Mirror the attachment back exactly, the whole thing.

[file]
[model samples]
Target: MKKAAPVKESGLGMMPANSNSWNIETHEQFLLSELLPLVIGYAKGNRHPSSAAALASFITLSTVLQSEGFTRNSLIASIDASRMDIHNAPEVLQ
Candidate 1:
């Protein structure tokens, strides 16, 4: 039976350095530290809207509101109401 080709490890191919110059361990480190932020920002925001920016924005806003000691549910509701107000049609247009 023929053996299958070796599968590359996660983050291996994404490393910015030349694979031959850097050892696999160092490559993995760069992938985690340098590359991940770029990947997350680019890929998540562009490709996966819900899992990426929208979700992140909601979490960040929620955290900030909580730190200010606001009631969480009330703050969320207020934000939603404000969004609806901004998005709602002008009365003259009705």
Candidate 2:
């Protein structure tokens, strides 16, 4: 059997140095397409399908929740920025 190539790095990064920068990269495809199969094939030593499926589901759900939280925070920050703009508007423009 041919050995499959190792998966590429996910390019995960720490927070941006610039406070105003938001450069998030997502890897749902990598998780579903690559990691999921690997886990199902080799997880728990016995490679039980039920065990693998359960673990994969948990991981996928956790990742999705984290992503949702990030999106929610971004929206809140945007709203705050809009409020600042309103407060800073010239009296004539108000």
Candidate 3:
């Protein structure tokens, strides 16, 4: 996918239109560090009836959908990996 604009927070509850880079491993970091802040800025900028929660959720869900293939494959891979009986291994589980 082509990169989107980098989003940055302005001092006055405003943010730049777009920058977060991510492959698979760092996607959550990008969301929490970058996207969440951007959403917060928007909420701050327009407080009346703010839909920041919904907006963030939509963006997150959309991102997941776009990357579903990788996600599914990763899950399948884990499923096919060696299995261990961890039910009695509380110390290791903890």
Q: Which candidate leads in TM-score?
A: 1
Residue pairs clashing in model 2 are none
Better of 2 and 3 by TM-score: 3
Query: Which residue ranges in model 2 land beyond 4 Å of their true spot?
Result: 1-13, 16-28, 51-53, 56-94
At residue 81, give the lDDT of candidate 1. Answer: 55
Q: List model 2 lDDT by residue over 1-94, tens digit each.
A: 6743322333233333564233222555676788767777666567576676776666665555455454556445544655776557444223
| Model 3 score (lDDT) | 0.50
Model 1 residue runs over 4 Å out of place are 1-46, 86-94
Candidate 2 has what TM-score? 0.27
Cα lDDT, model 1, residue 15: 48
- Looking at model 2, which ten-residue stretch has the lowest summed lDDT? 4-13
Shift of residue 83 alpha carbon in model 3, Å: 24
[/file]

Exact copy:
[model samples]
Target: MKKAAPVKESGLGMMPANSNSWNIETHEQFLLSELLPLVIGYAKGNRHPSSAAALASFITLSTVLQSEGFTRNSLIASIDASRMDIHNAPEVLQ
Candidate 1:
């Protein structure tokens, strides 16, 4: 039976350095530290809207509101109401 080709490890191919110059361990480190932020920002925001920016924005806003000691549910509701107000049609247009 023929053996299958070796599968590359996660983050291996994404490393910015030349694979031959850097050892696999160092490559993995760069992938985690340098590359991940770029990947997350680019890929998540562009490709996966819900899992990426929208979700992140909601979490960040929620955290900030909580730190200010606001009631969480009330703050969320207020934000939603404000969004609806901004998005709602002008009365003259009705």
Candidate 2:
């Protein structure tokens, strides 16, 4: 059997140095397409399908929740920025 190539790095990064920068990269495809199969094939030593499926589901759900939280925070920050703009508007423009 041919050995499959190792998966590429996910390019995960720490927070941006610039406070105003938001450069998030997502890897749902990598998780579903690559990691999921690997886990199902080799997880728990016995490679039980039920065990693998359960673990994969948990991981996928956790990742999705984290992503949702990030999106929610971004929206809140945007709203705050809009409020600042309103407060800073010239009296004539108000």
Candidate 3:
């Protein structure tokens, strides 16, 4: 996918239109560090009836959908990996 604009927070509850880079491993970091802040800025900028929660959720869900293939494959891979009986291994589980 082509990169989107980098989003940055302005001092006055405003943010730049777009920058977060991510492959698979760092996607959550990008969301929490970058996207969440951007959403917060928007909420701050327009407080009346703010839909920041919904907006963030939509963006997150959309991102997941776009990357579903990788996600599914990763899950399948884990499923096919060696299995261990961890039910009695509380110390290791903890």
Q: Which candidate leads in TM-score?
A: 1
Residue pairs clashing in model 2 are none
Better of 2 and 3 by TM-score: 3
Query: Which residue ranges in model 2 land beyond 4 Å of their true spot?
Result: 1-13, 16-28, 51-53, 56-94
At residue 81, give the lDDT of candidate 1. Answer: 55
Q: List model 2 lDDT by residue over 1-94, tens digit each.
A: 6743322333233333564233222555676788767777666567576676776666665555455454556445544655776557444223
| Model 3 score (lDDT) | 0.50
Model 1 residue runs over 4 Å out of place are 1-46, 86-94
Candidate 2 has what TM-score? 0.27
Cα lDDT, model 1, residue 15: 48
- Looking at model 2, which ten-residue stretch has the lowest summed lDDT? 4-13
Shift of residue 83 alpha carbon in model 3, Å: 24